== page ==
As to Mr. Stanton I expect nothing. My orders announcing to the troops the terms of our convention (first, at Durham’s Station) was addressed to the troops and not to the world. Mr. Stanton’s official bulletin published to the world conveyed false information, for it contained matter that he knew I did not possess, and he thereby stimulated a public attack on my motives. But what reason did my “order” give for his scrutiny and indorsing Halleck’s order to violate my truce, attack an enemy in the act of surrendering, when he knew General Grant was present and orders to my juniors to disobey my orders. I don’t yet understand his motives and don’t care. I did succeed in doing, spite of him, all the good my office demanded within the limits of Johnston’s command, and could as easily have extended them over the whole South. Stanton’s eight reasons against my terms are all bad and he knows it. His assertion that he could have made as good terms any time in the past four years is simply untrue, and you know it, and as a lawyer he knows that my terms did not make us liable for the rebel debt, or in any manner recognize the Southern Confederacy any more than the Dix-Hill cartel, or any of the many “terms” hitherto made between army commanders. But I will not bother you with such matters. Stanton’s and Halleck’s conduct to me was an insult, and I shall resent it as such, when I choose.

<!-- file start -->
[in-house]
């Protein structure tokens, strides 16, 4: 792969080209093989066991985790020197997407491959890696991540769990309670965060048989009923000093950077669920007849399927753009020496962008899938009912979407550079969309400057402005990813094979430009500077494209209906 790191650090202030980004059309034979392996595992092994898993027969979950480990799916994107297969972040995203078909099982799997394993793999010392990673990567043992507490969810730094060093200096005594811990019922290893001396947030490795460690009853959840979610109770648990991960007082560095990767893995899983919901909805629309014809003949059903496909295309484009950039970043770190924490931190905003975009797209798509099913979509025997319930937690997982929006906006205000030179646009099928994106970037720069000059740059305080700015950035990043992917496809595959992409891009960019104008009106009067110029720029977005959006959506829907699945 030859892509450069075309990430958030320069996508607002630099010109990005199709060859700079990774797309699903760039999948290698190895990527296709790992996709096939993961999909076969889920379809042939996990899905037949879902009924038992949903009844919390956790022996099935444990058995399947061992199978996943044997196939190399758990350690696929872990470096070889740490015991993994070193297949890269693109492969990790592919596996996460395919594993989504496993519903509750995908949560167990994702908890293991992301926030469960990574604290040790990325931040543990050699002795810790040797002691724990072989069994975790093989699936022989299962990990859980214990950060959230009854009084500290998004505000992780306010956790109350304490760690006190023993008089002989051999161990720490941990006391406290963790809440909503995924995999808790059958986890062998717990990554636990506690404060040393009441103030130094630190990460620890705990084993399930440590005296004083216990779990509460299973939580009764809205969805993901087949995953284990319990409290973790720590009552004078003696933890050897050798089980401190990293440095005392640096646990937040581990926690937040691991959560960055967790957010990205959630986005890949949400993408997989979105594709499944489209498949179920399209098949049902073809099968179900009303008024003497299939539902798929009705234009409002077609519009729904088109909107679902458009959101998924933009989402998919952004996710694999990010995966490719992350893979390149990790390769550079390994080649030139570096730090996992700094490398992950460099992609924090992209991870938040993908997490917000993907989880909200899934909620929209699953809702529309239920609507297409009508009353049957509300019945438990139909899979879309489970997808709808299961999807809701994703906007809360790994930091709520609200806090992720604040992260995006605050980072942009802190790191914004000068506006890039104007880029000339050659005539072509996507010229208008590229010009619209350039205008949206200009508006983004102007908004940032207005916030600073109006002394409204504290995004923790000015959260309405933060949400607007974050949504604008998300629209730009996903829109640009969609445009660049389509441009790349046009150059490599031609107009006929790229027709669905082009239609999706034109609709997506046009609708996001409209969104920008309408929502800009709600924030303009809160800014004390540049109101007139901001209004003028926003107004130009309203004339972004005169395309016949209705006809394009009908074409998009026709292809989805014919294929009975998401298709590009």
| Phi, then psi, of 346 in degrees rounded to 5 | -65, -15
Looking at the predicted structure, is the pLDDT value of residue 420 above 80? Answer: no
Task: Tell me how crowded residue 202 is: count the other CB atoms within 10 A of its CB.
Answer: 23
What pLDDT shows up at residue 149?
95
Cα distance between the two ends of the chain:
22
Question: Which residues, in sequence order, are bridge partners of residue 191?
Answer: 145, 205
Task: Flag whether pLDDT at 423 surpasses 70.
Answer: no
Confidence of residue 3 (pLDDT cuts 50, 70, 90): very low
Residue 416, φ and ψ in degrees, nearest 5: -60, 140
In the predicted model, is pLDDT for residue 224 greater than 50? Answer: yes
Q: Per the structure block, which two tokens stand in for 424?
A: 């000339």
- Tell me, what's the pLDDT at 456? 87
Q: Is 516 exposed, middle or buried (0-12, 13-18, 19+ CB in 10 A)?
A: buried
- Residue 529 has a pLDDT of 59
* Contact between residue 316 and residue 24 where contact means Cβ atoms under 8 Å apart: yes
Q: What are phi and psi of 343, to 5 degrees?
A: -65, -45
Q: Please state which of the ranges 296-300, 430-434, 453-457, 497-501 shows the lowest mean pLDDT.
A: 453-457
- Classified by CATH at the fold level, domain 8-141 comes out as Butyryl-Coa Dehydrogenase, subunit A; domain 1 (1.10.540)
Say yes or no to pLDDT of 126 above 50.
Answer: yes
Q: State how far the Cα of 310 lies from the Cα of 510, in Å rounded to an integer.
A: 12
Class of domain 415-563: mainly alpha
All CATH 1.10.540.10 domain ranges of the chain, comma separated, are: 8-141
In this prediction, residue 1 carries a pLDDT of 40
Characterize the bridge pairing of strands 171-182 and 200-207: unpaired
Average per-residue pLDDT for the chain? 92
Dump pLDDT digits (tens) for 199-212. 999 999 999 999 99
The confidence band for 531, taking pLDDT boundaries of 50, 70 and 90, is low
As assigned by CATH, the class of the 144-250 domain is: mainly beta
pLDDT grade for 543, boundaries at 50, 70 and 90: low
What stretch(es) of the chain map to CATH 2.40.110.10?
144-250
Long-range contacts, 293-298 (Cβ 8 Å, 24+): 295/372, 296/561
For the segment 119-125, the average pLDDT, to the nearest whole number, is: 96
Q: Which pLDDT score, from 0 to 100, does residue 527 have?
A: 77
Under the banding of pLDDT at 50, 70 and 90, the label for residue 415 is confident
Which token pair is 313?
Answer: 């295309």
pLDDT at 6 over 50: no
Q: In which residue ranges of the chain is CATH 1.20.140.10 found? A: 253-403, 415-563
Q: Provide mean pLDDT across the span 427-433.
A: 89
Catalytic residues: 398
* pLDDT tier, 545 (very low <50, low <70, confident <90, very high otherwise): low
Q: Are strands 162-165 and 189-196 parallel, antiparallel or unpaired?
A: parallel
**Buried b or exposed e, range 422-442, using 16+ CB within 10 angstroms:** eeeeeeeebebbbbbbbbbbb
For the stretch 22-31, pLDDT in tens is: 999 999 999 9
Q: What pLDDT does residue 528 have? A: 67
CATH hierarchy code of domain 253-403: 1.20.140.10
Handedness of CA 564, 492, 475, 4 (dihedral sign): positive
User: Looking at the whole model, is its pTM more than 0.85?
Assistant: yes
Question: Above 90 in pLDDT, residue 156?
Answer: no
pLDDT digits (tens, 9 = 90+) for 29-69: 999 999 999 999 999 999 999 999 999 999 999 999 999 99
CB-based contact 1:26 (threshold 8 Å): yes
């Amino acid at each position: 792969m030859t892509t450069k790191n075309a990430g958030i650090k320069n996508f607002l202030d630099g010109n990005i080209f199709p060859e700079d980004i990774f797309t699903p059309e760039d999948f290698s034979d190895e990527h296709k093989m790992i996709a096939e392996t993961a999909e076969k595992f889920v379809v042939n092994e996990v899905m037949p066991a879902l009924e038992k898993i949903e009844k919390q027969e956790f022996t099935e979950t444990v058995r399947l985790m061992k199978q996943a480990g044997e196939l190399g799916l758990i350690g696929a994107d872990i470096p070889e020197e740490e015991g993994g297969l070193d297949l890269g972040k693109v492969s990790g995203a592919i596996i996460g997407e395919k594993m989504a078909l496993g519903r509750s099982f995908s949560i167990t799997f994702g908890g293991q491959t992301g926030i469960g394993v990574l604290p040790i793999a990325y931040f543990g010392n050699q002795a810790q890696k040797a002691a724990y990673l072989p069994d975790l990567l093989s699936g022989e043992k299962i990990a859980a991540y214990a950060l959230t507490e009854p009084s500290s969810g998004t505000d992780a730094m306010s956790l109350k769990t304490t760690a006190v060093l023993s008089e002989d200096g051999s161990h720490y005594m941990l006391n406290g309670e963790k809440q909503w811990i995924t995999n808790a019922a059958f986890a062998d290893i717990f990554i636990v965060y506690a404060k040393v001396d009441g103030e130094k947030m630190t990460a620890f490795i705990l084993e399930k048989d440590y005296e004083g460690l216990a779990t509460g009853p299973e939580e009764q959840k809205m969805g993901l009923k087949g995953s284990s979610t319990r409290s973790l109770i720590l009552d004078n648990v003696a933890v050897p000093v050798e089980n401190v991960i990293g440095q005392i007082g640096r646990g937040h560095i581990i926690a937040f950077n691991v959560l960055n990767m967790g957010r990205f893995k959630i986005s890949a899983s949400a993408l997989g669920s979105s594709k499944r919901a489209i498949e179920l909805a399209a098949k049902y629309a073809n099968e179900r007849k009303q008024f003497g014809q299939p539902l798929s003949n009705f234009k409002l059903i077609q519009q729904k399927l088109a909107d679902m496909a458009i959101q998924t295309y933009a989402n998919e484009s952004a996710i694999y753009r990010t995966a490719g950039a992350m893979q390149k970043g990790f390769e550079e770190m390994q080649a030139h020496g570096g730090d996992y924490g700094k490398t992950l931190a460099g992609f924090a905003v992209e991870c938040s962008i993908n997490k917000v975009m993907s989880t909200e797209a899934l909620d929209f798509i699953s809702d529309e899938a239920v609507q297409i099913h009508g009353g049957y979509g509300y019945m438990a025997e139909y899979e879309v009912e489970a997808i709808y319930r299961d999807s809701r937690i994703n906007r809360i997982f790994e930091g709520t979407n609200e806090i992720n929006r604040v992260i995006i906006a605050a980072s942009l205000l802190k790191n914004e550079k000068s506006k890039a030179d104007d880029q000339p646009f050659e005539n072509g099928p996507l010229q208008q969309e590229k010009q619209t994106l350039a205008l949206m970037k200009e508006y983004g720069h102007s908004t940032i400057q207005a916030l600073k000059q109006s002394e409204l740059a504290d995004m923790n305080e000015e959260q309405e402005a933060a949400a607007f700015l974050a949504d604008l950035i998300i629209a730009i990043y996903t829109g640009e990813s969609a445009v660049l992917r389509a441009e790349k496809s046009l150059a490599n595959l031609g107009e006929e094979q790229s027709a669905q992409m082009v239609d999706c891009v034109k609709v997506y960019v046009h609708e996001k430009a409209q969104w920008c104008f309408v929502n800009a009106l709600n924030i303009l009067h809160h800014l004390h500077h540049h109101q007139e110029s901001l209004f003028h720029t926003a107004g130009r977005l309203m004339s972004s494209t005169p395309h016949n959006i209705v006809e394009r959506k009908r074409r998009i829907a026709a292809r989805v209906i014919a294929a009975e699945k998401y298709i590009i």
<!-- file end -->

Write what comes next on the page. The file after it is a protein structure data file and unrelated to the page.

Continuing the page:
We will all be near Alexandria on Friday, and I know you will call to see us. Don’t let the foul airs of Washington poison your thoughts toward your old comrades in arms.
Truly, your friend,
W. T. SHERMAN, Major-General